And as for the statement that ‘the Canterbury Tales, the Divine Comedy and Paradise Lost were intended to be blockbusters, not PhD theses’: Jesus wept.

I mean Chaucer, maybe sorta kinda; Dante I don’t know much about, although even in C14th Florence there must have been more populist options available than the theological epic; but Milton? Seriously? He’s your example of poetry not having to be difficult? There aren’t many poems in English more self-consciously literary, less populist and more stubbornly unwilling to make life easy for the reader than Paradise Lost.

I think what annoys me so much isn’t the inaccuracy of these comparisons: it’s the fact that anyone wants to make them at all. I understand the wish to resist the ghettoisation of poetry as an recondite and überliterary artform. And it’s true that there is a long and valuable tradition of popular, accessible poetry, much of it ephemeral but some of real merit. But to compare Homer and Beowulf to action movies, or call the Divine Comedy a blockbuster, and think you’re doing them a favour… I just don’t get it.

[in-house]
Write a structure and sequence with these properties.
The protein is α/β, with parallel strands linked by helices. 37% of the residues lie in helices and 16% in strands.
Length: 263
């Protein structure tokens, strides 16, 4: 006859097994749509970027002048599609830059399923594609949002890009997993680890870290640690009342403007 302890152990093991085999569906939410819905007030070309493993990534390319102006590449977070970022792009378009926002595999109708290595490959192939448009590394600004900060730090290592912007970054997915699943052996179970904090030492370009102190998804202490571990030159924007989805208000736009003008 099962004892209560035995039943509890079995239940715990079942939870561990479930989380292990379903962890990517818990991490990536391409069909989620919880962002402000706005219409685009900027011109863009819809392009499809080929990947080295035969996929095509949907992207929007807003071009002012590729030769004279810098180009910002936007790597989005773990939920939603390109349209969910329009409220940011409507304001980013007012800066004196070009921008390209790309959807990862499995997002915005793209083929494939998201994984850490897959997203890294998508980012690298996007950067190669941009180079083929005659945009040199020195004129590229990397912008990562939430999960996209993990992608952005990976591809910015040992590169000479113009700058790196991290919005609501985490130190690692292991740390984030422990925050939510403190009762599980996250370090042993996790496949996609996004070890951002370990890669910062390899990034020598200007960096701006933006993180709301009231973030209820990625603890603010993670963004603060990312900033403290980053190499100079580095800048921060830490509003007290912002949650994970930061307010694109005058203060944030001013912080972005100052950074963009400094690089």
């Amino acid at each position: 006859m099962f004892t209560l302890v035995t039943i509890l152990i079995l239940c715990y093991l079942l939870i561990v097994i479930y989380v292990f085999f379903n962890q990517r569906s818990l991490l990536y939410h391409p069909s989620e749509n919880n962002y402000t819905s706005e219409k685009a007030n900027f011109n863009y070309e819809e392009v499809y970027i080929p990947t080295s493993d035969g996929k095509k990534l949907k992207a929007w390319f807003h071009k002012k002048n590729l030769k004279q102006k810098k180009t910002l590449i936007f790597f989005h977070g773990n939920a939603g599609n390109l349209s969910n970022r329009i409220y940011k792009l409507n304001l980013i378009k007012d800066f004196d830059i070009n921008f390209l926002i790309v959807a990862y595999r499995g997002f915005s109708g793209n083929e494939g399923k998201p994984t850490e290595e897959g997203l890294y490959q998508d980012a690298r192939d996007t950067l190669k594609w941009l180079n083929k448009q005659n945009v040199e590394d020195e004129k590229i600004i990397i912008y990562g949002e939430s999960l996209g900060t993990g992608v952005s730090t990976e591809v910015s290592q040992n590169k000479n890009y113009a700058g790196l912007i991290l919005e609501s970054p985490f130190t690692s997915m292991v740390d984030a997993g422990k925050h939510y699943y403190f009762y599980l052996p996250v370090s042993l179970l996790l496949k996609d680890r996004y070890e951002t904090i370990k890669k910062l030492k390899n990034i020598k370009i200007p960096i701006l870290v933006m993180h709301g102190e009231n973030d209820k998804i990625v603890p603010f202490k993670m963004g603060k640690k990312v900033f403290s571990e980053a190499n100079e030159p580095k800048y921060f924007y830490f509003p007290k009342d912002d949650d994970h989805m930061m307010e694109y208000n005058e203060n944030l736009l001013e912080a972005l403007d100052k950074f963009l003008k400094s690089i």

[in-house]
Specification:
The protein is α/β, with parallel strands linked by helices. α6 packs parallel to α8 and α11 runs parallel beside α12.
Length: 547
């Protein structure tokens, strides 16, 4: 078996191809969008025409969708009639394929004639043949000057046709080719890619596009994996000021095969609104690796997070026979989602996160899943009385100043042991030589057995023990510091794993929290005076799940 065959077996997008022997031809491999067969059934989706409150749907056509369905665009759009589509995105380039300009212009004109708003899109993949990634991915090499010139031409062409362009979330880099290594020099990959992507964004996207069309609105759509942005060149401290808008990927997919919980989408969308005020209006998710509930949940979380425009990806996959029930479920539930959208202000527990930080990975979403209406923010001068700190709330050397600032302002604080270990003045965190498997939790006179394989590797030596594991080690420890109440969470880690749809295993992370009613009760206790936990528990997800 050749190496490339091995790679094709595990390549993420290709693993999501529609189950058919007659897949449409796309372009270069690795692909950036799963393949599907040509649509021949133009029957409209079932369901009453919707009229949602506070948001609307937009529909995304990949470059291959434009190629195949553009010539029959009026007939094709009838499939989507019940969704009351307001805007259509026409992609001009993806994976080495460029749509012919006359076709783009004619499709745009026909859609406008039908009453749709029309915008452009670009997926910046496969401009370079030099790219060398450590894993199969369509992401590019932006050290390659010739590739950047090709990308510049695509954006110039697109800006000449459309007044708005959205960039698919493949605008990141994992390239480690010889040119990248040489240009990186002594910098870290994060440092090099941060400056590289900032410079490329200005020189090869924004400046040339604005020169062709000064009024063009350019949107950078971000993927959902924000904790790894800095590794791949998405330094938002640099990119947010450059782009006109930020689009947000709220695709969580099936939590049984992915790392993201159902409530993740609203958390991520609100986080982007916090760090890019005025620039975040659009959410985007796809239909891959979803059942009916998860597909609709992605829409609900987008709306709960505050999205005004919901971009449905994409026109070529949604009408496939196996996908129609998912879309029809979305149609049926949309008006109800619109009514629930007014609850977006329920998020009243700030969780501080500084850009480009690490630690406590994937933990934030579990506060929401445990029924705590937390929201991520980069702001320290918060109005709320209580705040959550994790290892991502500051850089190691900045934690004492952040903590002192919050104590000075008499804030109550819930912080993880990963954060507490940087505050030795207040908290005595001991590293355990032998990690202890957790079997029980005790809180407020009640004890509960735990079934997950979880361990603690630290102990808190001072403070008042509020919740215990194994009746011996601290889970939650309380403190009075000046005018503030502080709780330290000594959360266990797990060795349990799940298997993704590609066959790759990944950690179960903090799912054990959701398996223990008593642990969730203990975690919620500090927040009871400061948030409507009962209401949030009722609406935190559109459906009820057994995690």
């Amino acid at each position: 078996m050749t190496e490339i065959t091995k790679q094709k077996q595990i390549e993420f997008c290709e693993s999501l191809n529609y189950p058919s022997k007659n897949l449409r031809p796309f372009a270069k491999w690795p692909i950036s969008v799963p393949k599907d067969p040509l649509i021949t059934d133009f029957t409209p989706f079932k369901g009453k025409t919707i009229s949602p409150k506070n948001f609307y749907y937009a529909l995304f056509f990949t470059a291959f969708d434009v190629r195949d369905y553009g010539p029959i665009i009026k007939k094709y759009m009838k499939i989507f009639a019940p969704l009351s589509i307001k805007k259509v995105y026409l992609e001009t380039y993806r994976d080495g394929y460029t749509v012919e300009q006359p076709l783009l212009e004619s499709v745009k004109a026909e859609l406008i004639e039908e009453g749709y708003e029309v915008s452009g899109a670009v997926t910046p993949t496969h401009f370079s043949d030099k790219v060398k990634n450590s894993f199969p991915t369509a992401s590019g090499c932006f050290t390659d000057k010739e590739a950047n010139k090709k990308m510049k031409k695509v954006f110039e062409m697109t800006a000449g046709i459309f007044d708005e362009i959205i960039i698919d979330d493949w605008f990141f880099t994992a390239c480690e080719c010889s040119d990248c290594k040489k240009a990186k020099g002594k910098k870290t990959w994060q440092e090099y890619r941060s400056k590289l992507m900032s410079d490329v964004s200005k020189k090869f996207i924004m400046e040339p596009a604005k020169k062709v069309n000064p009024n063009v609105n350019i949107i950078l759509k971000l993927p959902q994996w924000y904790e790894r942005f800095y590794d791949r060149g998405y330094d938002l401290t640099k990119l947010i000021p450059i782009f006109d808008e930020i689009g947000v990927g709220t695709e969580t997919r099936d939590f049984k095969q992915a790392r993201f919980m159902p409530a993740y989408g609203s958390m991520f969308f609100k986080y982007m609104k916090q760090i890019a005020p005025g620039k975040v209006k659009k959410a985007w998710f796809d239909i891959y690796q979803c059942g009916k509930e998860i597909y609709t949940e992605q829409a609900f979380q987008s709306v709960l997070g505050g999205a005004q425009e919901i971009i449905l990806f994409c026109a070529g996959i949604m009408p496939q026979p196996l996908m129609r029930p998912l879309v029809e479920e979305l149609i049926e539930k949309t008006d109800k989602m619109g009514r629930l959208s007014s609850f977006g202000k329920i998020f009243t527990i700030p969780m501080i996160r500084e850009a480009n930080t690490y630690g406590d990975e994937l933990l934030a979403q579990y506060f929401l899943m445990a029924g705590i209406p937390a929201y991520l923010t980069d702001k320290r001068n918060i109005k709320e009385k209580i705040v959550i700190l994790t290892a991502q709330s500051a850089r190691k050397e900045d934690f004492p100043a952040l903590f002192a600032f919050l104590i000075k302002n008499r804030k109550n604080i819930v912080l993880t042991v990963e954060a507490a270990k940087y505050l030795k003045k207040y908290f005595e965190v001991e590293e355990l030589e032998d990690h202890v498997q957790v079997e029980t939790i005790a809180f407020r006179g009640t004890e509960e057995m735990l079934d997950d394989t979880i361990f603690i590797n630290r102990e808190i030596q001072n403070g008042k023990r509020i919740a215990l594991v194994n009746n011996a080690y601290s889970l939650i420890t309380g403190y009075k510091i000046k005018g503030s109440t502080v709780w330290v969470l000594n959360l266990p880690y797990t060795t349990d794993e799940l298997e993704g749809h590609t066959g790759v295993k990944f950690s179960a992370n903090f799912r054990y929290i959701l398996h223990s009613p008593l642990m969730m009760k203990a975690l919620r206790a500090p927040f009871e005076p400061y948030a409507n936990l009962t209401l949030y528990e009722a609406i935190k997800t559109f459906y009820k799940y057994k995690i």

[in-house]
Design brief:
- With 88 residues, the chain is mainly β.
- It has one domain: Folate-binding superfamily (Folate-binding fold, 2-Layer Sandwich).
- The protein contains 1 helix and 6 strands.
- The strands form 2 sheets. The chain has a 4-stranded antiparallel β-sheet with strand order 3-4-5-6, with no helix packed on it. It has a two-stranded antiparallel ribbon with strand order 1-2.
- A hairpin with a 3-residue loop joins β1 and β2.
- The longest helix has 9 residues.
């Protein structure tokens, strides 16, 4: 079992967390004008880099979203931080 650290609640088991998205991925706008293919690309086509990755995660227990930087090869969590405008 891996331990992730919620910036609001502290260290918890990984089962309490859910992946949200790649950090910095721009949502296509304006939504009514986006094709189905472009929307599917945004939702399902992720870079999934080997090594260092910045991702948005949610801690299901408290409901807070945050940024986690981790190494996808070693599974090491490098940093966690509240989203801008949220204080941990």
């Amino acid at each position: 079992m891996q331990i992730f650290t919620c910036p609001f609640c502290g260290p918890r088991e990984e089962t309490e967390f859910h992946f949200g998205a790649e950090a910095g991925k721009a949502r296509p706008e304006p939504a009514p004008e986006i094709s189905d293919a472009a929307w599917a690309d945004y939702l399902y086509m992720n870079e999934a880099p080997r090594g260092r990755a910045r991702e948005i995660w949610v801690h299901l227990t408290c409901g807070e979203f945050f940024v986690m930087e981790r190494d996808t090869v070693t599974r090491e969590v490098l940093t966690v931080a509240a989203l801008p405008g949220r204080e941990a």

The Wooden Village by Peter Pišťanek

Or as the cover has it: The Wooden Village (Rivers of Babylon 2). That’s because it’s the sequel to Rivers of Babylon, which I read recently, and book two of a trilogy.

Rivers of Babylon, you may remember, follows a character called Rácz as he fights his way up from stoking the boilers of a big hotel in Bratislava to become a powerful businessman/crime lord. The Wooden Village focuses on one of the minor characters from that novel: Freddy Piggybank, who works in the hotel car park.